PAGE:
The recent troubles have highlighted the inadequacies of the authorities to provide a decent standard of living for a great many of its citizens, but it is far from unique as an example of public sentiment lying with outlaws rather than the state. Although in many disadvantaged communities throughout the globe people are maltreated and exploited by overlord criminal organisations, there are other cases where the opposite has been true, and the populace has benefited.
The notoriety of the Colombian drug lord Pablo Escobar is the stuff of legend. During the peak of his powers in the late 1980s he was estimated by Forbes Magazine to be the world’s seventh richest man, as the surge in popularity of cocaine in the United States ensured a huge and demanding market. As head of the Medellin Cartel, Escobar was responsible for thousands of deaths, including the assassination of politicians, judges, police chiefs and rival drug-traffickers, and once carried out the bombing of an airliner that killed over 100 people. Yet in spite of all this, and seventeen years after his death at the hands of the Colombian security forces, Escobar remains a hero to a great many of his compatriots, particularly among the poor.
Throughout his tenure as the world’s most wanted man, Escobar invested huge sums in the infrastructure of his home city of Medellin, creating housing projects and building schools, hospitals, sports facilities and roads. He was able to forward the development of the region to a far greater extent than the government had managed. On top of this, he once offered to pay off Colombia’s national debt, provided that all charges against him were dropped although this was promptly rejected by the government.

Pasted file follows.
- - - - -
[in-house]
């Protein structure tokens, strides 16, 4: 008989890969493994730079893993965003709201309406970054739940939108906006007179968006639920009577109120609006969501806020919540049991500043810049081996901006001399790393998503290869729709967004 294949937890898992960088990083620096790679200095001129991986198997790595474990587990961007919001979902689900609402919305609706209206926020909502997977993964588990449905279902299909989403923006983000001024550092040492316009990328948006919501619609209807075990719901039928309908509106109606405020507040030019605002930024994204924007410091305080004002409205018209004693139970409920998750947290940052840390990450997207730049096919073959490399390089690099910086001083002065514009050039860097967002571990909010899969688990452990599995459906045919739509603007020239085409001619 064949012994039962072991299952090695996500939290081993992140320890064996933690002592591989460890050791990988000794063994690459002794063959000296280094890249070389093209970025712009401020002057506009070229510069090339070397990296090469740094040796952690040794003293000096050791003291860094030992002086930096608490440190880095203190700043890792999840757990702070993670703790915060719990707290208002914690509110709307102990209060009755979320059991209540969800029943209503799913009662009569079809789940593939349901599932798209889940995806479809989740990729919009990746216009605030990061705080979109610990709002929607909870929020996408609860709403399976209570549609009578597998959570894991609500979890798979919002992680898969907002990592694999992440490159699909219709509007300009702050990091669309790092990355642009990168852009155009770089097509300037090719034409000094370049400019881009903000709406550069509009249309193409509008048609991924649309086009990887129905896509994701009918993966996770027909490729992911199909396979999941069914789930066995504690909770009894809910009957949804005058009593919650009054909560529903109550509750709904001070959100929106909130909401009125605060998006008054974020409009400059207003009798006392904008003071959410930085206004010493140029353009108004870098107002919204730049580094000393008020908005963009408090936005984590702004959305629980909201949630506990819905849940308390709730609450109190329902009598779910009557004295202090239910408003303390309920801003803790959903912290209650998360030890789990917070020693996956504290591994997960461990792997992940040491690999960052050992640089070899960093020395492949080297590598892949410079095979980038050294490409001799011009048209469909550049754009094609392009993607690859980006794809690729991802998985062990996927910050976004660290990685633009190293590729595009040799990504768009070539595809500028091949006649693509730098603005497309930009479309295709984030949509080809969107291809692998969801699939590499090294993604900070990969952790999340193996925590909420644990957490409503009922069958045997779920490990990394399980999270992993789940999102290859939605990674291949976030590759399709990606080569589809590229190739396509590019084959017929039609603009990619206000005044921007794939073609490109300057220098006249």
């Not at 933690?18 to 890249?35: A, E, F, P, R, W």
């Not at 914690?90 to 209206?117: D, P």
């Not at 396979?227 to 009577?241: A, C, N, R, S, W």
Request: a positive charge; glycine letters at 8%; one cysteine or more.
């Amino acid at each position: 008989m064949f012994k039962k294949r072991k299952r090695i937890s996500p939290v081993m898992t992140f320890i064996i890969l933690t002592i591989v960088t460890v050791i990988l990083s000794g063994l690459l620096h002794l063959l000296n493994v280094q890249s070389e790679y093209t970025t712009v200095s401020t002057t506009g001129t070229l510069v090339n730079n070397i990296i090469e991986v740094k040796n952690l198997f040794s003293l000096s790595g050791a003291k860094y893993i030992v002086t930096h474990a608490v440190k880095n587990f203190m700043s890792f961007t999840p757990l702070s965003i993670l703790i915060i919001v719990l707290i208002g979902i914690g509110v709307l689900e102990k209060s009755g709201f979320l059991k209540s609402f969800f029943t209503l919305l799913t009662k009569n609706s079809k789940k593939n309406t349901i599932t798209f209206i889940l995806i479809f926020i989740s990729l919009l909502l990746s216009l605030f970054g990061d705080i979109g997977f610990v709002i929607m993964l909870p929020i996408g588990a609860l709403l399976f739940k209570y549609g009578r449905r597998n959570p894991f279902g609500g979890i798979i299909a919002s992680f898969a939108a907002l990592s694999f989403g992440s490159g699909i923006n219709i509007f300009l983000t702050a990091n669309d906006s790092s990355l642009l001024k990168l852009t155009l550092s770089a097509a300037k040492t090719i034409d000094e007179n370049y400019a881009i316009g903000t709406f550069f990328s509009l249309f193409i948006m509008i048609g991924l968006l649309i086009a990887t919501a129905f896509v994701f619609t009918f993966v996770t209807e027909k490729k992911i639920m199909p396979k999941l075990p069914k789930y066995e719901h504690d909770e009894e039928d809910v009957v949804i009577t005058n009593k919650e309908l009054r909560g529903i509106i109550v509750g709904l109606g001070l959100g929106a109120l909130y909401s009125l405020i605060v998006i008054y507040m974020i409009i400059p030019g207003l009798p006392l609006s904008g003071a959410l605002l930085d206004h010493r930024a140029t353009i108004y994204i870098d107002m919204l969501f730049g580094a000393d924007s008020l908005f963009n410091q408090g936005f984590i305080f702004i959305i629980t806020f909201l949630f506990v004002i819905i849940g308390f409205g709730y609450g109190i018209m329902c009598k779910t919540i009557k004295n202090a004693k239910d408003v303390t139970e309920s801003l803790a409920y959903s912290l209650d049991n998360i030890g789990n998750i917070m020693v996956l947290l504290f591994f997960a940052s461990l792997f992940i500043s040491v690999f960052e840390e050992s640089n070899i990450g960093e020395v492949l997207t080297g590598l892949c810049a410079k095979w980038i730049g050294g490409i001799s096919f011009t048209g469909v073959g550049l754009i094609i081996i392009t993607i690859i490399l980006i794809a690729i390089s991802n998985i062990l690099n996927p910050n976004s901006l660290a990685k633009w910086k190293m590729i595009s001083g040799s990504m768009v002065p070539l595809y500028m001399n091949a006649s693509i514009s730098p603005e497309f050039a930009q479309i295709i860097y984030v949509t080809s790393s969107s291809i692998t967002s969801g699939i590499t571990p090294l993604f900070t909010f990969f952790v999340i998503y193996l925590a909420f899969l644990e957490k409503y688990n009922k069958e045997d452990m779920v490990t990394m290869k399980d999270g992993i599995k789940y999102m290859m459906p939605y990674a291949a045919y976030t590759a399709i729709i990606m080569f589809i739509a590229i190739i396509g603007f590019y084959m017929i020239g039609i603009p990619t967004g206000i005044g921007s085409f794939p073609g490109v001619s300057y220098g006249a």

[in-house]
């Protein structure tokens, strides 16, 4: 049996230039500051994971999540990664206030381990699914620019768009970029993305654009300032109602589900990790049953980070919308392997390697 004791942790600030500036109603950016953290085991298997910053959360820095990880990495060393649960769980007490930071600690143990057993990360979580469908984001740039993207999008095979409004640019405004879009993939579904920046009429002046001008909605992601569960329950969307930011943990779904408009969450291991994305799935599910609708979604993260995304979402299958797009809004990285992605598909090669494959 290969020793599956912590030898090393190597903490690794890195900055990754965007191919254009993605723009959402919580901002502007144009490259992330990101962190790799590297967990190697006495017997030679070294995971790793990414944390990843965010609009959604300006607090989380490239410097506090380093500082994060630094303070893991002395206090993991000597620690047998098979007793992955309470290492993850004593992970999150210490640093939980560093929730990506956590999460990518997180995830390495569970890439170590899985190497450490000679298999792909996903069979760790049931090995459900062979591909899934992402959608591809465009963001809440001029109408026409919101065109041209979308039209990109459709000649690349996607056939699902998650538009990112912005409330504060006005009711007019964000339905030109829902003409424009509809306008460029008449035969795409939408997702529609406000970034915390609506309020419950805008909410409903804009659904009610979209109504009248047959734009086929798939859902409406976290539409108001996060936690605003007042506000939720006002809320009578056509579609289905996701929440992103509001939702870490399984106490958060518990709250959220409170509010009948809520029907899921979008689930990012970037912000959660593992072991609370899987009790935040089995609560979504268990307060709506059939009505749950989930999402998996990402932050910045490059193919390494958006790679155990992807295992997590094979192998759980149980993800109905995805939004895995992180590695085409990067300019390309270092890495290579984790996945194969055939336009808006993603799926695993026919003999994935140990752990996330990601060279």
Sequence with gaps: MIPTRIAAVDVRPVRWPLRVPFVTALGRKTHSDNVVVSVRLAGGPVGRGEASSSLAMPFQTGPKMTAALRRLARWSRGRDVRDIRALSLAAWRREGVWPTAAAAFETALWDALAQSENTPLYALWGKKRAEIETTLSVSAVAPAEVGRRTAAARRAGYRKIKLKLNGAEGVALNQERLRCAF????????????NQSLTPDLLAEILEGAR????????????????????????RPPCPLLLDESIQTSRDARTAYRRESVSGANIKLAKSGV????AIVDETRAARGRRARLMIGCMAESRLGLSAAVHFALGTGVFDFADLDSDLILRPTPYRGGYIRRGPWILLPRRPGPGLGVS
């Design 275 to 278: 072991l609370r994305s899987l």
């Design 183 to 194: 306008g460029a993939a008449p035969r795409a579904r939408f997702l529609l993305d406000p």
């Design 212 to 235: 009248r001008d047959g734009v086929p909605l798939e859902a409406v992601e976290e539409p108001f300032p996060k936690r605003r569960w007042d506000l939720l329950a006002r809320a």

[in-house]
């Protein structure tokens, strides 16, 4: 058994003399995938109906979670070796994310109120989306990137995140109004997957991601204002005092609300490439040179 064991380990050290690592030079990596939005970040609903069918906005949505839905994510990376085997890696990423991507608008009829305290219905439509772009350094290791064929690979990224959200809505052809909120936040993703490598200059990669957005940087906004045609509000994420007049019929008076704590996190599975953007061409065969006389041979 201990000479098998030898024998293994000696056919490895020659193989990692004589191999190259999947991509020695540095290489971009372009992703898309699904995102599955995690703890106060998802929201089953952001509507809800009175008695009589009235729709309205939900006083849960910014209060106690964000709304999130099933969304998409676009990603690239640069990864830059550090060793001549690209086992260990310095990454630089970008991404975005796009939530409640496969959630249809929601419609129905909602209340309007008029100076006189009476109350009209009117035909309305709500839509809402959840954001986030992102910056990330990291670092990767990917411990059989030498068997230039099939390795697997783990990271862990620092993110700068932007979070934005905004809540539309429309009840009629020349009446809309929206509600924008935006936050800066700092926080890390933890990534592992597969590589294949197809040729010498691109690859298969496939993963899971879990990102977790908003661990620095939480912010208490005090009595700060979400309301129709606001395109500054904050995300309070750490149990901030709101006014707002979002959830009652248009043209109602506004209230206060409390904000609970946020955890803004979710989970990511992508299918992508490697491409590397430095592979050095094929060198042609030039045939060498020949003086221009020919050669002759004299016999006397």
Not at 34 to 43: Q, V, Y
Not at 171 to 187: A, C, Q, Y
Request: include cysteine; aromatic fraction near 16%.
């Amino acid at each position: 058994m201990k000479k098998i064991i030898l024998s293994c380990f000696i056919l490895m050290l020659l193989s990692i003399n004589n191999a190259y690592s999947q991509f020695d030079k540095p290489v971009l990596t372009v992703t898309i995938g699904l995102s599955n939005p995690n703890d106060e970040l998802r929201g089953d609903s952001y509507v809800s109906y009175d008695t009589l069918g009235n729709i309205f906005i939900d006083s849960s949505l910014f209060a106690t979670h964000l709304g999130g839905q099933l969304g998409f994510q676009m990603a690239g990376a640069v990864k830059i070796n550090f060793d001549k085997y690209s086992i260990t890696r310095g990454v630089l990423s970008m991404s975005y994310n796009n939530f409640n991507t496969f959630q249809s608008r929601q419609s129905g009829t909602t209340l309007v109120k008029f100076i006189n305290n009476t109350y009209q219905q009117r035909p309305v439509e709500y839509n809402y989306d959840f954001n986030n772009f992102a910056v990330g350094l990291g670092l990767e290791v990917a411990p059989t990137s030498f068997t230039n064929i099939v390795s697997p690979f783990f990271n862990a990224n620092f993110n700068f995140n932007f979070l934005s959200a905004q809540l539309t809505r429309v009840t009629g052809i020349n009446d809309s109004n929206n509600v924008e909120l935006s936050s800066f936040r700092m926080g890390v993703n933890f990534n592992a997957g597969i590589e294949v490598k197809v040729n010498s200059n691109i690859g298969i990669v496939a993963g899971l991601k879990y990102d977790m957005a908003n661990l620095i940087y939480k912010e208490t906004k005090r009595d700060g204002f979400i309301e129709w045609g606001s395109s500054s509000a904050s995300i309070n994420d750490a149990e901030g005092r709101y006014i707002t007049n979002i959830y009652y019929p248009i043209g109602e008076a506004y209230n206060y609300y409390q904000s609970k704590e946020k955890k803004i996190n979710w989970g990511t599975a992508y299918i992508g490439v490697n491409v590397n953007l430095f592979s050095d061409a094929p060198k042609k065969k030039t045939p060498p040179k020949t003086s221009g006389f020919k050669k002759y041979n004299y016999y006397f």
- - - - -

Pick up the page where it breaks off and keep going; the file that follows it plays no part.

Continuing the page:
Escobar remained a fugitive while the US continued to pour billions of dollars into training and arming the Colombian security forces in their desperation to capture or kill him, while he nevertheless retained the respect and admiration of many Colombians. Through funding the growth of Medellin and providing services and jobs to those hitherto denied them, Escobar confirmed the allegiance of a large part of the local population. These people would then act in his best interests, warning him of police movements or withholding information from the authorities. To what extent this, rather than assassination and bribery, allowed him to evade justice for so long is unclear, yet it undeniably strengthened his power.